Armenİans open provocatİve exhİbİtİon agaİnst Azerbaİjan İn State Hİstorİcal Museum İn Moscow
APA. The Armenians committed another provocation against Azerbaijan in Russia.
APA’s Moscow correspondent reports that stone monuments, clay pots, swords, shields and other archaeological evidences found during archaeological excavations in Western Azerbaijan, carpets allegedly woven in the Nagorno-Karabakh region of the Azerbaijan that they call “Artsakh” and women's traditional costumes are being displayed at the exhibition entitled "Armenia: Legend of Existence" that was opened in the State Historical Museum on Moscow's Red Square on March 11.
Furthermore, the Armenians are demonstrating “historical” maps showing the Azerbaijani territories as part of "Great Armenia".
Exhibits showcased at the two-part exhibition were brought from the History Museum, the Museum of the Mother See of Holy Etchmiadzin and the Matenadaran Institute of Ancient Manuscripts.
Armenians, living in fiction of "Great Armenia" basing on church legends and traditions, are describing Urartu that existed in Asia and current territory of the Caucasus (in the 9th- 7th century BC), Albania and other states as the Armenian states.
Armenians are showcasing on of the exhibits under the name of “stone memorial plaque "Nor Nakhchivan 1875”” and wrongly inform the Russian community that Nakhchivan is the territory of Armenia.
Eastern Turkey, more than half of current territories of Azerbaijan, Nagorno-Karabakh, the Kura-Araz lowland, Talish mountains, area up to the Caspian Sea, part of South Azerbaijan, Lake Urmia are described as the territories of Armenian in 1st-4th centuries.
Claiming that Armenia was the first state to adopt Christianity, the Armenians are displaying the monuments belonging to the Albanian church as the monuments of Armenian church.
For example, cross stones found in ancient Albania are being demonstrated as Armenian khachkars at the exhibition. However, the spread of Christianity among the Armenians later than Albanians is one of the facts that frustrates the Armenians’ desire to present ancient Albanian cross stones as Armenian khachkars. Evidences of early spread of Christianity in the Caucasian Albania are reflected in the works of Albanian historians (Moisey Kalankatuyski, Mkhitar Gosh), as well as in Armenian Catholicos Abraham’s letter to the Caucasian Albanians. The text is about the confrontation of Albanian Apostolic Church and Armenian Grigoryan Church as dyophysite and monophysite. “Armenians converted to Christianity in the 43rd year with the Greek history 270 years later than Albans”. (Kalankatuyski, II, 47) This information is valuable because of the exact time of Armenians’ converting to Christianity. 43 plus 270 is 313. This is the date of the Edict of Milan, which confirmed freedom of religion and faith in Rome. Armenians received Christianity in that period when they became vassals of Roman Empire. And the history of the Armenian Grigoryan Church (as well as Khachkars) started from that period.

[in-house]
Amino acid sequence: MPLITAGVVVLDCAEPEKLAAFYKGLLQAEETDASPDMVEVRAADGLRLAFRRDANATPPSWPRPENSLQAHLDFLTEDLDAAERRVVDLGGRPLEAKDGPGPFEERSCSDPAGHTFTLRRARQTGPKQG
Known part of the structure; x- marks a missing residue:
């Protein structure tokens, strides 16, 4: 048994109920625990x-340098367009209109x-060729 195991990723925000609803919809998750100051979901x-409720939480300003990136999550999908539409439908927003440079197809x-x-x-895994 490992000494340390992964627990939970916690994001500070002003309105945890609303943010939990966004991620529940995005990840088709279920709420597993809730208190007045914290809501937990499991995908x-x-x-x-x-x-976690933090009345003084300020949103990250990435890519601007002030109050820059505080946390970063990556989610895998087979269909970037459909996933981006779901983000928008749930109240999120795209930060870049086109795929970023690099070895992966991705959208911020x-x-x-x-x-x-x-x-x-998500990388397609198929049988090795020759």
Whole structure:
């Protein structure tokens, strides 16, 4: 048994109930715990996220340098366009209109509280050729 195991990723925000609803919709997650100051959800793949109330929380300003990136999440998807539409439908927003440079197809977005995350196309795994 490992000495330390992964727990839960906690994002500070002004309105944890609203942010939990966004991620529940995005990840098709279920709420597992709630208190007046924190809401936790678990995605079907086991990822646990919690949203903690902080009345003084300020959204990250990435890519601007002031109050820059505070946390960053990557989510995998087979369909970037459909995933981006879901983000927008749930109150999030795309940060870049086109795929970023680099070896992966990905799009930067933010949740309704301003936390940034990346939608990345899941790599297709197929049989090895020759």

Thus, cross stones belonging to the mid-4th century were impossible to be belonged to the Armenians at least because of the fact that Armenians didn’t convert to Christianity in that period and they couldn’t have any khachkars. Generally, it is absurd to find any Armenian khachkar in any region of the Caucasus till late 15th century. Because, it is not known whether Armenians compactly inhabited in any region of the Caucasus.
However, Armenia’s exhibition shows that the khachkar stones belong to the second and third centuries and subsequent periods.
Armenians also display carpets that have been allegedly woven in “Artsakh” in the end of the 19th century. It is doubtful those carpets were woven in the territory of Nagorno-Karabakh.
Moreover, among the exhibits are “Artsakh” women costumes as well. Thus, Armenians try to bring to the attention of the Russian public that ancient Azerbaijani land Karabakh which they called “Artsakh”, belongs to them
The opening ceremony of “Armenia: Legend of Existence” exhibition which took place on March 11 was attended by Ministers of Culture of Russia and Armenia.
Armenian President Serzh Sargsyan, who was on a visit to Moscow on March 10-11, also visited the exhibition.
In the exhibition that will last three months until June 13.